From all my teachers I have learned

From a young age, my dad has often told us the story of how he became a mathematician. It started from his middle school math teacher who expressed the love he himself had for the subject and made sure to pass on to his students. My dad found a passion for math in middle school that stayed with him and strongly influenced his career choice.  This teacher had a big part in shaping his life and every time that middle school math teacher has been mentioned by him, his voice cracks a little, he takes a deep breath, and his eyes shine.  That’s a teacher that made an impact.

I was blessed to have been in relatively small classes in elementary and high school where personal attention was always important.  I had many teachers to thank for my excellent education along the way and particularly several history teachers who directed my path towards taking Jewish History in my University studies.

However when I arrived at University last October, the immense size of classes, and the fact that each class met only once a week, made me conclude from the beginning that the personal attention I was used to, would not be present here.

On my first day at Hebrew University, my first class was “Introduction to Political Science”.  This was my last choice out of options available to me and I had reluctantly chosen it, since it was the only one that fit my schedule.  I came in expecting the worst but by the end of that first lesson, I was excited, and have remained excited for the rest of the semester.  The professor was so lively and engaging; he was interested in our opinions and he constantly gave current examples in order to teach us one thing or another.  He was thought-provoking, suggesting problems and asking questions, to just make us think.  He also encouraged us to send him emails and was always available before and after classes to answer questions.  The swarm of students that came up to him became a ritual during each lesson.

I found myself sending him many emails asking questions about the lessons and the articles he assigned.  The professor made his own opinions clear during the lessons, but he encouraged those of us with opposite views to speak up and express ourselves. I was one of those with different opinions, but preferred to express myself in the email format.  Each email that I sent, no matter how long or short, was answered at length, asking questions, and providing clear answers to my queries.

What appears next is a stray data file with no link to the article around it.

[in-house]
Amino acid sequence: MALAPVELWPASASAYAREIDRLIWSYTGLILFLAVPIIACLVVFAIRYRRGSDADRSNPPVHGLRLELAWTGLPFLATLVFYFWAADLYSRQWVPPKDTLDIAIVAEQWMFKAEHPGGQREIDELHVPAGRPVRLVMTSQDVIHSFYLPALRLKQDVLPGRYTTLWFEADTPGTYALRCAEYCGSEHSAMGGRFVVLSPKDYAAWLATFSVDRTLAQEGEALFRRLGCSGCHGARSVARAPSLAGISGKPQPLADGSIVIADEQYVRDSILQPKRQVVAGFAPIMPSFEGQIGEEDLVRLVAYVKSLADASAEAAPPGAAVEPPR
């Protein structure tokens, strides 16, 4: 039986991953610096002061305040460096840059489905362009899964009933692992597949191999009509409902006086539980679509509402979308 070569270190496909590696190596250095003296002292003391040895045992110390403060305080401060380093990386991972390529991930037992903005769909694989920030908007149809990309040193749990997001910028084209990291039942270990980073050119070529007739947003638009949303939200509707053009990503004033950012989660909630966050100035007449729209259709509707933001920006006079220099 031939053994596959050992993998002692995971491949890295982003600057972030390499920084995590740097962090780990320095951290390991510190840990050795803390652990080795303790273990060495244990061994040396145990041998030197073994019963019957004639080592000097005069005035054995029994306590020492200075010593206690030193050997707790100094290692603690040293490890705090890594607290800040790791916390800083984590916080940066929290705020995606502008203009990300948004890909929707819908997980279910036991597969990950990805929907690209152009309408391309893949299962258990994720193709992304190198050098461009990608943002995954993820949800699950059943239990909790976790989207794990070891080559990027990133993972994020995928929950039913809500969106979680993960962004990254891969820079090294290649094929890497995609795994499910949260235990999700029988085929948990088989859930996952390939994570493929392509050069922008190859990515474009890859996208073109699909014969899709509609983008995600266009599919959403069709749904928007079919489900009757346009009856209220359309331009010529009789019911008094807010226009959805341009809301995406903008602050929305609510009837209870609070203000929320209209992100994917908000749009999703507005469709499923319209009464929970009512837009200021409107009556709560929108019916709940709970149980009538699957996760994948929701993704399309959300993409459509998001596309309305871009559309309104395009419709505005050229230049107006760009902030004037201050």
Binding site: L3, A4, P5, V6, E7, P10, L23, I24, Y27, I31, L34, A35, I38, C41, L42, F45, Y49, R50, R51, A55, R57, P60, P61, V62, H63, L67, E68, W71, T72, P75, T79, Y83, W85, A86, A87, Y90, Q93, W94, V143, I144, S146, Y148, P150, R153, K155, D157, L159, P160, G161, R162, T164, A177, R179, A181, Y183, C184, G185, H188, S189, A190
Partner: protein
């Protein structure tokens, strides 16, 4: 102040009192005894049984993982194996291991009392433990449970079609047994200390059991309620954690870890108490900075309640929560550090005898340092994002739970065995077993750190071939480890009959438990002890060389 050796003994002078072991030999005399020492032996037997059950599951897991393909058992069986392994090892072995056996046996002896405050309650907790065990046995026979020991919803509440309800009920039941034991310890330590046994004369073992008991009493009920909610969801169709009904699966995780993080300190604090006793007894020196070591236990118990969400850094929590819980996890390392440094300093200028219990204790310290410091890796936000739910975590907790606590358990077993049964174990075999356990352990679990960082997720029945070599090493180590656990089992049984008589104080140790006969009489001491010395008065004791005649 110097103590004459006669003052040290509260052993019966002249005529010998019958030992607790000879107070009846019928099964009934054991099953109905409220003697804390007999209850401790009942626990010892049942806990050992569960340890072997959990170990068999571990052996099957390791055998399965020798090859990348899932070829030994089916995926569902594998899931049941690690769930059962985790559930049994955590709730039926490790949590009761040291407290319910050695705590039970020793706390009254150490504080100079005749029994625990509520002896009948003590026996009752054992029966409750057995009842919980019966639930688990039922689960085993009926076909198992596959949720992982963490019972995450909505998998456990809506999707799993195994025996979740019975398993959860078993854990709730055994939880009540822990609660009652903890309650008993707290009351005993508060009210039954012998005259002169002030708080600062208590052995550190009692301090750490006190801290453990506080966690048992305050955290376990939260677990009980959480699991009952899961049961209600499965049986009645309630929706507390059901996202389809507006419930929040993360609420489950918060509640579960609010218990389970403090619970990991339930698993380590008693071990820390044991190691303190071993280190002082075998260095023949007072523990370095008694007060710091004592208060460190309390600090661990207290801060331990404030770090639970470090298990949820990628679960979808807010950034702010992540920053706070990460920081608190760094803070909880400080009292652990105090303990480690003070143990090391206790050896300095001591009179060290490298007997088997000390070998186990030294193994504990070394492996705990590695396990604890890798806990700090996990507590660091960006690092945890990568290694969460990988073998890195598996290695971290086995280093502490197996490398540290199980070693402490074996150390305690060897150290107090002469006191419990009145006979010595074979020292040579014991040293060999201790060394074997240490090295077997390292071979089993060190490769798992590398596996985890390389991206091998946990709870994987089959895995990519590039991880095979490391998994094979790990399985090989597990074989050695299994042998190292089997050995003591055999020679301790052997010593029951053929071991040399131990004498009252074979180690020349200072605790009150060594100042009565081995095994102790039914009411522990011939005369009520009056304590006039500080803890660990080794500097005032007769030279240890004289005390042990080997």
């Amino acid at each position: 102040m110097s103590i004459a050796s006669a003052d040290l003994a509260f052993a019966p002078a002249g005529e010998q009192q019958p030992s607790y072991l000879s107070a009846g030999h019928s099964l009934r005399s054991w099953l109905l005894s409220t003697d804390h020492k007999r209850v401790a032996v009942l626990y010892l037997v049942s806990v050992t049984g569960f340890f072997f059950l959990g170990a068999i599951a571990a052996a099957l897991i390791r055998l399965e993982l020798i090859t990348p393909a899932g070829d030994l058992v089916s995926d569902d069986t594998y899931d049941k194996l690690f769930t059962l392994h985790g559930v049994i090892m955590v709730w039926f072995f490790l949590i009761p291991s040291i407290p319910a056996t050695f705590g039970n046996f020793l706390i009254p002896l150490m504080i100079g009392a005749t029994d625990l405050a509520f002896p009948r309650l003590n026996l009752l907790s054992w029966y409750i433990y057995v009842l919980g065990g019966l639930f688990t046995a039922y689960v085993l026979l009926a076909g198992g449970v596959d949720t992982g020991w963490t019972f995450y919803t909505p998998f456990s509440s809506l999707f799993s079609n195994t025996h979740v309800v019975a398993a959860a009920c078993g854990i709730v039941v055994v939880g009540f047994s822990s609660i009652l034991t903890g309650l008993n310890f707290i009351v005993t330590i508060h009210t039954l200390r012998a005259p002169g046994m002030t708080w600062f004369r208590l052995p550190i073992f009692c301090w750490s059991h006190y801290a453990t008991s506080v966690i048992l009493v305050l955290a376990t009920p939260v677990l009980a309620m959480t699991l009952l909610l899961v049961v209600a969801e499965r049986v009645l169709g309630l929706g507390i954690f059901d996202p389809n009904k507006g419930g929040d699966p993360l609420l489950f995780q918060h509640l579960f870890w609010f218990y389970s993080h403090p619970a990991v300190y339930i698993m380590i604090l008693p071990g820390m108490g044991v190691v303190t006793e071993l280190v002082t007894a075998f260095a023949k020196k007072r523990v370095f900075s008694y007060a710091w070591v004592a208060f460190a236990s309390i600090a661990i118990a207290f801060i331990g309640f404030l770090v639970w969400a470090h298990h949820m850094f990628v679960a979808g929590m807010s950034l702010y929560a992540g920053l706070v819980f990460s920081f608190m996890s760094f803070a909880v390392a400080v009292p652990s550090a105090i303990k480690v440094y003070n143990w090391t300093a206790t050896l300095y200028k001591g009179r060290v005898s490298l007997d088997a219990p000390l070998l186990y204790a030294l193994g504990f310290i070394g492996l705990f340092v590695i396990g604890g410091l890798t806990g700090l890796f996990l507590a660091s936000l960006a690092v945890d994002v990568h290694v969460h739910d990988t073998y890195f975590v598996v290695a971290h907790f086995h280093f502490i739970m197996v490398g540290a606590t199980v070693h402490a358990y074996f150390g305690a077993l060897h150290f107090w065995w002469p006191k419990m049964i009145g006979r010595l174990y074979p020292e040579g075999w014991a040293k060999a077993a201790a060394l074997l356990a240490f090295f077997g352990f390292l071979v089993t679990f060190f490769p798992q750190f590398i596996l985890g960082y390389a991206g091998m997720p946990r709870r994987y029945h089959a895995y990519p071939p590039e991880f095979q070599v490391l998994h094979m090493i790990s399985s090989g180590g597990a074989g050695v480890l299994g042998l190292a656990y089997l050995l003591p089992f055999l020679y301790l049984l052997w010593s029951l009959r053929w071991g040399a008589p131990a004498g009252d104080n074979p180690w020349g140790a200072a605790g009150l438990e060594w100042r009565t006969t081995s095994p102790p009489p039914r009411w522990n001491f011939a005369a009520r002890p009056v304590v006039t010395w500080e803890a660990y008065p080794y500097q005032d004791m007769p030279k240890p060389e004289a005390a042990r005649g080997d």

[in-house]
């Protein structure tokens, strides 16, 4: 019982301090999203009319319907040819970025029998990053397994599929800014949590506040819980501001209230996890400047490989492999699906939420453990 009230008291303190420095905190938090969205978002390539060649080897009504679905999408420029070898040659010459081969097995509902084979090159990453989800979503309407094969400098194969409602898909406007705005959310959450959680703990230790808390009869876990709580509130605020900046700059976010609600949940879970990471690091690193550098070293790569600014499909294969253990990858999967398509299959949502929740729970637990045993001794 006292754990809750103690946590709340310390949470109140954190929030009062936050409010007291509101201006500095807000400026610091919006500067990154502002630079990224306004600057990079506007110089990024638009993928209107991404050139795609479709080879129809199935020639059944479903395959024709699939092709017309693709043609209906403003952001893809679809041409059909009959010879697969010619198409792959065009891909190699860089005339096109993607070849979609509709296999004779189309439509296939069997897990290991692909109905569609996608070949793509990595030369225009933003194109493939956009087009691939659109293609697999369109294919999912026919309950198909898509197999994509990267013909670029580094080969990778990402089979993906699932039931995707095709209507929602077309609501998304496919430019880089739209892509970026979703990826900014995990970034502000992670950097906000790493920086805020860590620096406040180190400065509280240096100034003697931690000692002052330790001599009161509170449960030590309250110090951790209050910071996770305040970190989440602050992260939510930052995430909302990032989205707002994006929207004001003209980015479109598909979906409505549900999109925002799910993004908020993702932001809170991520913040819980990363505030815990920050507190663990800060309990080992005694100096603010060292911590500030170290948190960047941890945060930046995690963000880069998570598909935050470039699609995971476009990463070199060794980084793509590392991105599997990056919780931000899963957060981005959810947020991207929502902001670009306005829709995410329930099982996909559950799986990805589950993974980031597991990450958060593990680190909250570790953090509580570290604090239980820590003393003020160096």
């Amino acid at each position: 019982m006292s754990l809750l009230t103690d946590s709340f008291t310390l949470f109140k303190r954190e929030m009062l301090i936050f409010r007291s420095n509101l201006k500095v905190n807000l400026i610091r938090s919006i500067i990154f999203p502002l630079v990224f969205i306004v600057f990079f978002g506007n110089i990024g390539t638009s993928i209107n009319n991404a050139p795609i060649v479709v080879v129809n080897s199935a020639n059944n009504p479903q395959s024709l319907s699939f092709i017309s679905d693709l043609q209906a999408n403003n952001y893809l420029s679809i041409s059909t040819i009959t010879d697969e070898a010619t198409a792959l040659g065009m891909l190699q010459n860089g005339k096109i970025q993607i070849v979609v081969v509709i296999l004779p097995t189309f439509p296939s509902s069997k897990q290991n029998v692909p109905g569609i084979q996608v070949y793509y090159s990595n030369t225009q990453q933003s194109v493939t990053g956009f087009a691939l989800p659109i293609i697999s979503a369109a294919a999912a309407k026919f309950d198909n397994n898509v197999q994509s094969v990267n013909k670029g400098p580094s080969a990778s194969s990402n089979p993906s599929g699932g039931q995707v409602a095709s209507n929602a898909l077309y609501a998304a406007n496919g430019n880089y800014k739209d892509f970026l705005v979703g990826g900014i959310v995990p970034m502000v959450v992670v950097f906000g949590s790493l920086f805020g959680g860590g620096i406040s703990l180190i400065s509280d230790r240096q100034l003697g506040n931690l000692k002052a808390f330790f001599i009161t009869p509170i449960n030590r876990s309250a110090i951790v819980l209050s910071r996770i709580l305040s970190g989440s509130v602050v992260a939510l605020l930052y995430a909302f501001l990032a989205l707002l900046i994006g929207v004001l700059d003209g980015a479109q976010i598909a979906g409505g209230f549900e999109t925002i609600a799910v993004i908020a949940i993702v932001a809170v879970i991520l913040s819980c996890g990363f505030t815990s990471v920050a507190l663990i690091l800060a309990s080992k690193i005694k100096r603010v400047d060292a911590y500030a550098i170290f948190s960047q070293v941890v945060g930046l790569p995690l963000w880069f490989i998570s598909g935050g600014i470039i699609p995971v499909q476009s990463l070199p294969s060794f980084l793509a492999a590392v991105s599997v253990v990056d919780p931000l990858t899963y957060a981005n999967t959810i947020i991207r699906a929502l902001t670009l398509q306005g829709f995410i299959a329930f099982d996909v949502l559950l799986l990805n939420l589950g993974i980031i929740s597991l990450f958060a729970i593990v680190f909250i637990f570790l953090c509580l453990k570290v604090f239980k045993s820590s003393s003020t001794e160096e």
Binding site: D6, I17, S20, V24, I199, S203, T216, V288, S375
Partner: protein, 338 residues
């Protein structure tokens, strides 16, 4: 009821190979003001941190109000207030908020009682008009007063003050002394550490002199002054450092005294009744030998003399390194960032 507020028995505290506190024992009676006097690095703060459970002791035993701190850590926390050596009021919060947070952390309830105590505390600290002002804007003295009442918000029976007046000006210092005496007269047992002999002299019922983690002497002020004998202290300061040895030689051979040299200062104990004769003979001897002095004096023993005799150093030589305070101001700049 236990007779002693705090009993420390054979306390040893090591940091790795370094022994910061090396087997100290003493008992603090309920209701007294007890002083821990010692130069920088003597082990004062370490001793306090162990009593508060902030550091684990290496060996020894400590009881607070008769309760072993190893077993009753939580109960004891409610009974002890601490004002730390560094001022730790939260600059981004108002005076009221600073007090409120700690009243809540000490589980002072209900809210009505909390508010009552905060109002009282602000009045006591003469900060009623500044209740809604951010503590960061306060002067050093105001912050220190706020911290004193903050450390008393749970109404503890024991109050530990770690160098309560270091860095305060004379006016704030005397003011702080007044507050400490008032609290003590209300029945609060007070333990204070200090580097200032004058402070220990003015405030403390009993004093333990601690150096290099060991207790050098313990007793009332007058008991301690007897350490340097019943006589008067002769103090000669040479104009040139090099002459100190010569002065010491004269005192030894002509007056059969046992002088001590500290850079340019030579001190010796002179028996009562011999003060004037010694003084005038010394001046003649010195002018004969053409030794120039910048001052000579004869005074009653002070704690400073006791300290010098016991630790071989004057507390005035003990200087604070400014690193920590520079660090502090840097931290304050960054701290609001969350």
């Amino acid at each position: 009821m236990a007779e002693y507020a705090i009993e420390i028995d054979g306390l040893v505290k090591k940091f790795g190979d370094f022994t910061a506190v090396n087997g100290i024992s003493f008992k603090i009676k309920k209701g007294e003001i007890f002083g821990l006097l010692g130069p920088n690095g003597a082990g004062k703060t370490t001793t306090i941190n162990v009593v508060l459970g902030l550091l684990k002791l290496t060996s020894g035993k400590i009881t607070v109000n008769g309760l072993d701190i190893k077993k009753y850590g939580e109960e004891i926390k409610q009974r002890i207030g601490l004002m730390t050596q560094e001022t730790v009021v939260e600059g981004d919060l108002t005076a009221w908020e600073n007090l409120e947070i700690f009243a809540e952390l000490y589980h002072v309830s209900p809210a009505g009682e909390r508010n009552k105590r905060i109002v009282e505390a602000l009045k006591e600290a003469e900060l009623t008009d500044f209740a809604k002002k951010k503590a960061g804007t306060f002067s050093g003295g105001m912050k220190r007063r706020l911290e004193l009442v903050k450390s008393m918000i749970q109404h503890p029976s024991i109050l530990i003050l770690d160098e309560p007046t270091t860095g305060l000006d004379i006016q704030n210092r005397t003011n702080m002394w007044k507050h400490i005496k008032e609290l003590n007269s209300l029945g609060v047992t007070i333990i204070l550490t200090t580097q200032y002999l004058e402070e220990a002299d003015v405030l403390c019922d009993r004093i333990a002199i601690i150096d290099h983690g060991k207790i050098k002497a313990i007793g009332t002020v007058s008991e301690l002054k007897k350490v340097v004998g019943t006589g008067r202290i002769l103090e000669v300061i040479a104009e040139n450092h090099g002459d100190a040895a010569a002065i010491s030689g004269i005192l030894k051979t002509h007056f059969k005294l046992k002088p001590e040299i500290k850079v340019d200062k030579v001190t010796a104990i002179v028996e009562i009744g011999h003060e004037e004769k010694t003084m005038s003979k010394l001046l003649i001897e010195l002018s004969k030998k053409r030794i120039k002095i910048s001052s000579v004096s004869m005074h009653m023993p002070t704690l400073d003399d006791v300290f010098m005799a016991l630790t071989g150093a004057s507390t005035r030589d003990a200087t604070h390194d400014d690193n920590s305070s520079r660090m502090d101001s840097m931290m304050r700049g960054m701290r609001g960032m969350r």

He was the only professor I went to during his open-office hour to discuss my questions, face to face.  He was also the only professor I thanked in an email at the end of the semester, stating that although I had not originally wanted to be in his class, by the end of the semester, I was sad about the fact I would not be exchanging emails with him anymore.  In his response to me, he wrote the following:

Two or three years after I had finished my doctorate in Oxford, I sent a mail to my mentor, asking him a question.  His reply was, ‘you are a big boy now and you don’t need to ask me questions’.  I responded: ‘In Judaism, we have a saying: once a rabbi, always a rabbi’.  So, using this story as an analogy, I am always available to my students even when they are not my students anymore.  I am happy to answer any question you have in the future.

The email really moved me and showed me that a real teacher is always a teacher no matter how many students are in his or her class or how many classes he or she teaches.  This experience which I shared with other students, caused them to recall some of their best teachers at Hebrew University such as the retired professor in his 80’s who encouraged his students to constantly ask questions, to be vocal with their opinions, and especially encouraged those who were usually too shy to speak, as well as the head of a major who fought for, spent time with and stood by his students even though this was outside of his job description.

Very often I hear horrible stories about a crazy professor, or a professor who always gives low grades or the one whose voice just seems to drone on and on.  We often complain and we let off steam with these horrible stories.  But it is the good ones that make you realize how lucky you are to be in a certain institution and to appreciate that you chose that place to study.  My professor for “Introduction to Political Science” and others as well have made me very proud that I am a student at Hebrew University. Their dedication and passion are an inspiration for my two and a half years ahead.

About the Author
Netta was born in Silver Spring, Maryland and made Aliyah with her family in 2004. She finished two years of IDF service in April 2016, where she served in the IDF Spokespersons Unit working with American media in Israel such as The New York Times and CNN. She is currently a student at The Hebrew University in Jerusalem majoring in International Relations and Jewish History. She is also the co-founder of SIACH (students from Israel and America CHat), an initiative to create deep conversations and connections between American and Israeli Jewish students